(b) It follows that because the trial court did not erroneously interfere with the plea negotiations, Bell's claim that defense counsel was rendered “constructively ineffective” is meritless.   As discussed above, defense counsel offered to talk with Bell in private about the plea offer, and he instructed Bell that he needed to respond to the trial court's inquiries.   We also note that defense counsel attempted to have the earlier plea offer, made several months prior to trial, reinstated, or at least to initiate further discussion about that offer.   And defense counsel testified that Bell “was very adamant” he was not interested in taking a plea.   Under the circumstances of this case, we cannot say that counsel's performance was deficient or that it fell outside the broad range of reasonable professional conduct expected of members of the bar.   See LeGallienne v. State, 180 Ga.App. 108, 109, 348 S.E.2d 471 (1986).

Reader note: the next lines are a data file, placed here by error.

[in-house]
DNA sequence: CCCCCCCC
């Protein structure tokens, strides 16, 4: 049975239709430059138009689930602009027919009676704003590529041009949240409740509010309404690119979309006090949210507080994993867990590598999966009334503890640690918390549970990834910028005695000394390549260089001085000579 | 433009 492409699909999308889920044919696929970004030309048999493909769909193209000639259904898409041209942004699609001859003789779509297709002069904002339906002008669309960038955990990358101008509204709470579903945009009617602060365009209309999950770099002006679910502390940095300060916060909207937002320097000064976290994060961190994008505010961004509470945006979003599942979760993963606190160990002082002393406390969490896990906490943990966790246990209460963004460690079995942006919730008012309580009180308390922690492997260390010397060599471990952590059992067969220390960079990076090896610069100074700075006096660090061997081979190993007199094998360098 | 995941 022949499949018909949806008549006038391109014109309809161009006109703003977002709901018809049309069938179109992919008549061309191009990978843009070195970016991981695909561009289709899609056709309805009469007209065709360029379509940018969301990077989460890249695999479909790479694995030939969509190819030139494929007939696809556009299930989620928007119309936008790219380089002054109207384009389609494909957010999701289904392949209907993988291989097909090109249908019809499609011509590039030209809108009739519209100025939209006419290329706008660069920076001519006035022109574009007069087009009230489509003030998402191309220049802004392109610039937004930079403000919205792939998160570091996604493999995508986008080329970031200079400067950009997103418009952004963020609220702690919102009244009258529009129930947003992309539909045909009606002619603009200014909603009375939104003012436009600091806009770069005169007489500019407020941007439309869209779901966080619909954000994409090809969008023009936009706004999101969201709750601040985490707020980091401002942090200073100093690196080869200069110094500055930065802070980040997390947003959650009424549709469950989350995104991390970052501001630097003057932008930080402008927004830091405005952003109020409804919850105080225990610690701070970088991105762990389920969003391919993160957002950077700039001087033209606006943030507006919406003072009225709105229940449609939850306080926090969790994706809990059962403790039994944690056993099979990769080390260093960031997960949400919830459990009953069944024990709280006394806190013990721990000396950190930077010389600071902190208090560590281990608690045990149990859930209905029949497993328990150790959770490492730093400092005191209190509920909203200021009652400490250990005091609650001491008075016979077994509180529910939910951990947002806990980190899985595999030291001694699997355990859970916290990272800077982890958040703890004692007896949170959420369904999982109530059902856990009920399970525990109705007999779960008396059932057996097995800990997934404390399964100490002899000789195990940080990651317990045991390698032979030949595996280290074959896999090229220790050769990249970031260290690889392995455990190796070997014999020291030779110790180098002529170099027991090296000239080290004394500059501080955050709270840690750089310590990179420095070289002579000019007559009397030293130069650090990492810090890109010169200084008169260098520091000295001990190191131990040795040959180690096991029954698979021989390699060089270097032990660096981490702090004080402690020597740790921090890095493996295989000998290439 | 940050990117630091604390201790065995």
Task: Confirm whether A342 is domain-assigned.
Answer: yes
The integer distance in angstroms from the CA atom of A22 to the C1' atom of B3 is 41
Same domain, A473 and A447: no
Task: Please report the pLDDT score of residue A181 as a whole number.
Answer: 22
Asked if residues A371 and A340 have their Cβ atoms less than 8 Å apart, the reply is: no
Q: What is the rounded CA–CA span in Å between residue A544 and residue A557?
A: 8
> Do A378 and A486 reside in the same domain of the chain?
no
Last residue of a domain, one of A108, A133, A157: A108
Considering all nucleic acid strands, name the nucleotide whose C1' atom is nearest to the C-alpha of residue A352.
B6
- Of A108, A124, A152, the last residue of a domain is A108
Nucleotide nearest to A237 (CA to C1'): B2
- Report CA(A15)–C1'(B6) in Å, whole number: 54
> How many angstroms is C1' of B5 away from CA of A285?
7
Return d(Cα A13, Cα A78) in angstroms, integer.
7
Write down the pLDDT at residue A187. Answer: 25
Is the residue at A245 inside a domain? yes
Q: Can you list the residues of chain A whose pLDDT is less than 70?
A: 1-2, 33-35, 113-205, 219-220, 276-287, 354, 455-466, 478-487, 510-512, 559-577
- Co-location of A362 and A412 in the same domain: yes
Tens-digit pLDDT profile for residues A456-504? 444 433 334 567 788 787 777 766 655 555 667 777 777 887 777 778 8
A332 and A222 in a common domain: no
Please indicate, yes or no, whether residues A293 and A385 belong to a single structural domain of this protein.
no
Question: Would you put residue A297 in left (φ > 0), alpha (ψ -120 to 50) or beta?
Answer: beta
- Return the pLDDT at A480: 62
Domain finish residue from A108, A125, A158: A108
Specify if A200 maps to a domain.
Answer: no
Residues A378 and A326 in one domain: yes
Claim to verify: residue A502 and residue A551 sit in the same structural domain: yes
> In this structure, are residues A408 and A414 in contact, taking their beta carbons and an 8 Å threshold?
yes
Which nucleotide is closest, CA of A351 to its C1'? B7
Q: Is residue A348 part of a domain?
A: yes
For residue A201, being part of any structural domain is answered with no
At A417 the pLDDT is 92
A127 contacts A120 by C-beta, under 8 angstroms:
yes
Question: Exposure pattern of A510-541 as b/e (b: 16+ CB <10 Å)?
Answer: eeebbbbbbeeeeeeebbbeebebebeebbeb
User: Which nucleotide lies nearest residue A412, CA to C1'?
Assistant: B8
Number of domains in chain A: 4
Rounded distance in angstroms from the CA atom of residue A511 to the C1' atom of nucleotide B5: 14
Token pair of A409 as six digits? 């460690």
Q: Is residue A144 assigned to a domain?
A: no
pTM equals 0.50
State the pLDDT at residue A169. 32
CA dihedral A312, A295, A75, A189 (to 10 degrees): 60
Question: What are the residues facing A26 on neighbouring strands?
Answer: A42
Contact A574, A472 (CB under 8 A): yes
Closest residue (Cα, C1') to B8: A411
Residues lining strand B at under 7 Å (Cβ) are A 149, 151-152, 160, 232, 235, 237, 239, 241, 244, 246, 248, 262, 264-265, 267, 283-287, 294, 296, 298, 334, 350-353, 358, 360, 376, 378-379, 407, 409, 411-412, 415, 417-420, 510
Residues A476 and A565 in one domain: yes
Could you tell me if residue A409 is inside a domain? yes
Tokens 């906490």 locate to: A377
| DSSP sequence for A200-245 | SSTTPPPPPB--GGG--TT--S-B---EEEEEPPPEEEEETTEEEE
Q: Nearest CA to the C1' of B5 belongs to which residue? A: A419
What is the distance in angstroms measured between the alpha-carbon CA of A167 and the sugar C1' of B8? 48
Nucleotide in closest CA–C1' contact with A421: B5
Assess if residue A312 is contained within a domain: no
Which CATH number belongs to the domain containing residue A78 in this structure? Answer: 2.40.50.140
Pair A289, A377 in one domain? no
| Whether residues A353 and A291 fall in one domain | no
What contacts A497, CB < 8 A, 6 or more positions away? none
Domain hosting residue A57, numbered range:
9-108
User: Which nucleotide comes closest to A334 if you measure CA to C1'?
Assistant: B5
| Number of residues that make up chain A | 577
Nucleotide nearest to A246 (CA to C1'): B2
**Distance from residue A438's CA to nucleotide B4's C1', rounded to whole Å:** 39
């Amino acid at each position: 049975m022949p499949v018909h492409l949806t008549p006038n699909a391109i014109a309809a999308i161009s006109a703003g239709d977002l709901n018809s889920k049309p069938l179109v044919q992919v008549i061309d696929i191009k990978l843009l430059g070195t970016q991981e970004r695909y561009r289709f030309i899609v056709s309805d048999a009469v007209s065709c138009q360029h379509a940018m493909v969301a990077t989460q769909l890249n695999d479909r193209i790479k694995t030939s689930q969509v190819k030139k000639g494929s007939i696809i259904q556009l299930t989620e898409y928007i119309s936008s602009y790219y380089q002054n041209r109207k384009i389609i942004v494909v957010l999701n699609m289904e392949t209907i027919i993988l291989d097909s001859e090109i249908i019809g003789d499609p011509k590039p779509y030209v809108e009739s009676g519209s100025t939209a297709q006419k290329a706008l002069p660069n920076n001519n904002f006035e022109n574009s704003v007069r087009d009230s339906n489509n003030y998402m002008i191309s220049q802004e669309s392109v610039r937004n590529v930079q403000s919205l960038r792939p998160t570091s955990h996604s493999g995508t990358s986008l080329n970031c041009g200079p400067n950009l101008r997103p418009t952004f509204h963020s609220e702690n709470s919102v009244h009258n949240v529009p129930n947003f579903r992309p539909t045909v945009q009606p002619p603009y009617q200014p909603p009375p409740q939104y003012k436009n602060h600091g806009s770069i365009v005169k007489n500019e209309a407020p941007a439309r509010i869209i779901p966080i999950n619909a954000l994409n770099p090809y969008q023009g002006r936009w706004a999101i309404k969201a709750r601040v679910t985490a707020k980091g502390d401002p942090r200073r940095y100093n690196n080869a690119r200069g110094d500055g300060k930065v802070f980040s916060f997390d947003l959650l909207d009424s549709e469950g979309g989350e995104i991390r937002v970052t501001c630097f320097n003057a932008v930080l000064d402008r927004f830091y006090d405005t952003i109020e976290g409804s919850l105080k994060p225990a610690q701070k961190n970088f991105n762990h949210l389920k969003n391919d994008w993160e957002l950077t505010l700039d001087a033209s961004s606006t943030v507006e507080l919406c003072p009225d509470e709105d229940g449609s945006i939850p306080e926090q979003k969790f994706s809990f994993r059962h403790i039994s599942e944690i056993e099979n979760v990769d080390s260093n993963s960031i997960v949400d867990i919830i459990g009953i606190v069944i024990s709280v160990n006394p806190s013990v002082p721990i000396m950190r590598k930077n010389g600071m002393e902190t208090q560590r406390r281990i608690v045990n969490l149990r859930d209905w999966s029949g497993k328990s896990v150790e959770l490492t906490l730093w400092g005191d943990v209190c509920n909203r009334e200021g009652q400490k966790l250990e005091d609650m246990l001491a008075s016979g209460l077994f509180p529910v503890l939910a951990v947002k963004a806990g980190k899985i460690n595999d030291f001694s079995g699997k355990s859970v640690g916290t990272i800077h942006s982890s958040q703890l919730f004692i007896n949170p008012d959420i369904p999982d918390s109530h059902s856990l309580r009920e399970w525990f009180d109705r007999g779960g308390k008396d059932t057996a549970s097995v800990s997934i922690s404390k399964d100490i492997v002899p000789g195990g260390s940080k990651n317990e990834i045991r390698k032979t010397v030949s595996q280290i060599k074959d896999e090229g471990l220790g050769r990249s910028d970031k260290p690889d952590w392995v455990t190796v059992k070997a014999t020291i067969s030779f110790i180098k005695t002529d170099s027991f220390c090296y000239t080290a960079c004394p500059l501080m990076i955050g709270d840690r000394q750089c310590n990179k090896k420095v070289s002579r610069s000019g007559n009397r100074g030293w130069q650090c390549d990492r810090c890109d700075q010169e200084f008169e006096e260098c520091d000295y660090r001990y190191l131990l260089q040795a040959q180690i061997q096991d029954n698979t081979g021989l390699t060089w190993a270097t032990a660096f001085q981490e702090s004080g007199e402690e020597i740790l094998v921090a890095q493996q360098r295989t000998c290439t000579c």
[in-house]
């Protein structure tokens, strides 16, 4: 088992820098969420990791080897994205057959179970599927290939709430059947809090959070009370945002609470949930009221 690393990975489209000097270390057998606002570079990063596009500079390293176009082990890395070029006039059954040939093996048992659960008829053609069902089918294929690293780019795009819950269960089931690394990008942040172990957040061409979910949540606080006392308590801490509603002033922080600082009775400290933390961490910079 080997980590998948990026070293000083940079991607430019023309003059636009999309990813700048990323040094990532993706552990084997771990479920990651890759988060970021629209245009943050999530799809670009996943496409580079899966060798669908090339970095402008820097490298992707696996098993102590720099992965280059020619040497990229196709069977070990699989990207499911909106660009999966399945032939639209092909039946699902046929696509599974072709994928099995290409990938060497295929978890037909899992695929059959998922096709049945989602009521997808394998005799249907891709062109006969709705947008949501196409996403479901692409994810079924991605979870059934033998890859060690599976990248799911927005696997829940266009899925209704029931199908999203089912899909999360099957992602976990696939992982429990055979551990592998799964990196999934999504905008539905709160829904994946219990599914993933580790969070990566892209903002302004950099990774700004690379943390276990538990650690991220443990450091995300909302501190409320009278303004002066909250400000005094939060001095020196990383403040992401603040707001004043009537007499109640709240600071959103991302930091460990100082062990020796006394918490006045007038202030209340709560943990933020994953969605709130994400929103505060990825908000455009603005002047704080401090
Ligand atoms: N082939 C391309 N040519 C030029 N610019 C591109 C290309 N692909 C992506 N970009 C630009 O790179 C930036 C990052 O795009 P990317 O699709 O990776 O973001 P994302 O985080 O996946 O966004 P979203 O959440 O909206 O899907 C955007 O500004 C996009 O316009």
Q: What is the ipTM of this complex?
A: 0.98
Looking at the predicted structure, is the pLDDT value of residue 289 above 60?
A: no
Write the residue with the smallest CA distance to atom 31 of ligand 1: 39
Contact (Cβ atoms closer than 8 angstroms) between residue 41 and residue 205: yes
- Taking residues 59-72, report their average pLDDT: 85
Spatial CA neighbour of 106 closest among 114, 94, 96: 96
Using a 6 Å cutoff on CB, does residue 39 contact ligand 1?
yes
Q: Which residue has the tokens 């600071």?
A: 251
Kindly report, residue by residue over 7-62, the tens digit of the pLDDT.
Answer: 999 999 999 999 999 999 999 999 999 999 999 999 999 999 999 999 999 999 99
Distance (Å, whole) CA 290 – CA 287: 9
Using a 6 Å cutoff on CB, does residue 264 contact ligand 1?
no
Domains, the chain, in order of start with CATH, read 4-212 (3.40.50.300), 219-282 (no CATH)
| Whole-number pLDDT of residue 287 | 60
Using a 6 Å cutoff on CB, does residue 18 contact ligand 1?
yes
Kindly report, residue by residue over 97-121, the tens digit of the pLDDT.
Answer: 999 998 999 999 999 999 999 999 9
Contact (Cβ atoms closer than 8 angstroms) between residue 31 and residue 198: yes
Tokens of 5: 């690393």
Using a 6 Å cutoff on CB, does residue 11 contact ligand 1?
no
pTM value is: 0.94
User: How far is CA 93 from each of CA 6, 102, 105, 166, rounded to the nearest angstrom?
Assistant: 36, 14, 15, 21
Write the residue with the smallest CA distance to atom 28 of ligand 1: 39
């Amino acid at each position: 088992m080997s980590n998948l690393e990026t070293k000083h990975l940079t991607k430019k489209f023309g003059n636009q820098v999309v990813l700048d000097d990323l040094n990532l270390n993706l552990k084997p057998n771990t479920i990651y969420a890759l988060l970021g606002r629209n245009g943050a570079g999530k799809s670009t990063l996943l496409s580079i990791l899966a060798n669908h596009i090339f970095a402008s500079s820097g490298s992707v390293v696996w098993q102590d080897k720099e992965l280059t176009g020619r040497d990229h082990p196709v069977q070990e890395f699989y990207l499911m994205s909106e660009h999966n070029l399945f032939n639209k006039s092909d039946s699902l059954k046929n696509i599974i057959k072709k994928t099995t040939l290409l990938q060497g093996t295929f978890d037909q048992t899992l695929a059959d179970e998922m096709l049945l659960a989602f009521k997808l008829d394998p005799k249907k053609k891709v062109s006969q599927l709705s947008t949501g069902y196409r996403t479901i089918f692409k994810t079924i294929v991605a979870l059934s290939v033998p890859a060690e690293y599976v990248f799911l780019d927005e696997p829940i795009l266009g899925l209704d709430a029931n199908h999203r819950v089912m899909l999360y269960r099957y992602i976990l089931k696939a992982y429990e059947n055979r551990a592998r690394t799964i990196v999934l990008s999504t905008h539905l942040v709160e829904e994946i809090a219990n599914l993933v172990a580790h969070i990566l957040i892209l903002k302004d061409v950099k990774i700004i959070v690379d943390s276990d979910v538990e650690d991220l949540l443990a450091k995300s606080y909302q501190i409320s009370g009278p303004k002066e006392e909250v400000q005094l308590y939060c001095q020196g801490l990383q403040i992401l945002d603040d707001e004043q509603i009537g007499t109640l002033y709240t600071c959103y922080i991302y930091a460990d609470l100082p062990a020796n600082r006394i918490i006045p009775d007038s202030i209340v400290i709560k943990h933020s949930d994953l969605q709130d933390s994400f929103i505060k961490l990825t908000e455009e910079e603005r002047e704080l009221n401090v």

2. Bell argues that a gross disparity in sentencing as to Count 7 exists, because he received life imprisonment while Wallace received first offender probation for the same criminal act.   On this basis, he contends he was denied equal protection.   We do not agree.   It is true that “[w]hen considering an equal protection challenge in criminal matters, individuals are ‘similarly situated’ only if they are charged with the same crime or crimes.”   (Citation and footnote omitted.)  Woodard v. State, 269 Ga. 317, 321-322(3), 496 S.E.2d 896 (1998).   But here, although Wallace and Bell were initially charged with the same crime, Wallace pled guilty to a lesser charge and was sentenced to probation as a first offender and received a $1,700 fine.   Bell, however, in addition to being convicted of seven other drug charges, was convicted of a charge that he sold, delivered, and possessed 200 grams or more of cocaine.   Prior convictions of robbery and possession of cocaine with intent to distribute were also introduced in aggravation of sentence.   A life sentence was therefore authorized.   See OCGA §§ 16-13-30(d);  17-10-7(a);  Howard v. State, 234 Ga.App. 260, 261(2), 506 S.E.2d 648 (1998) (full concurrence as to Division 2).1  Furthermore, Wallace's guilty plea could be regarded as an acknowledgment of guilt and a willingness to assume responsibility for her conduct.   See Lee v. State, 199 Ga.App. 246(2), 404 S.E.2d 598 (1991).   Although Bell may have expressed that he did not want a jury trial following the entry of Wallace's plea, his continuing recalcitrance and stubborn silence in the face of repeated attempts by the trial court to determine whether he wished to accept the plea offer demonstrated a lack of willingness to cooperate with the trial court and to accept responsibility for his own actions.   On these facts, we cannot conclude that Bell was denied equal protection.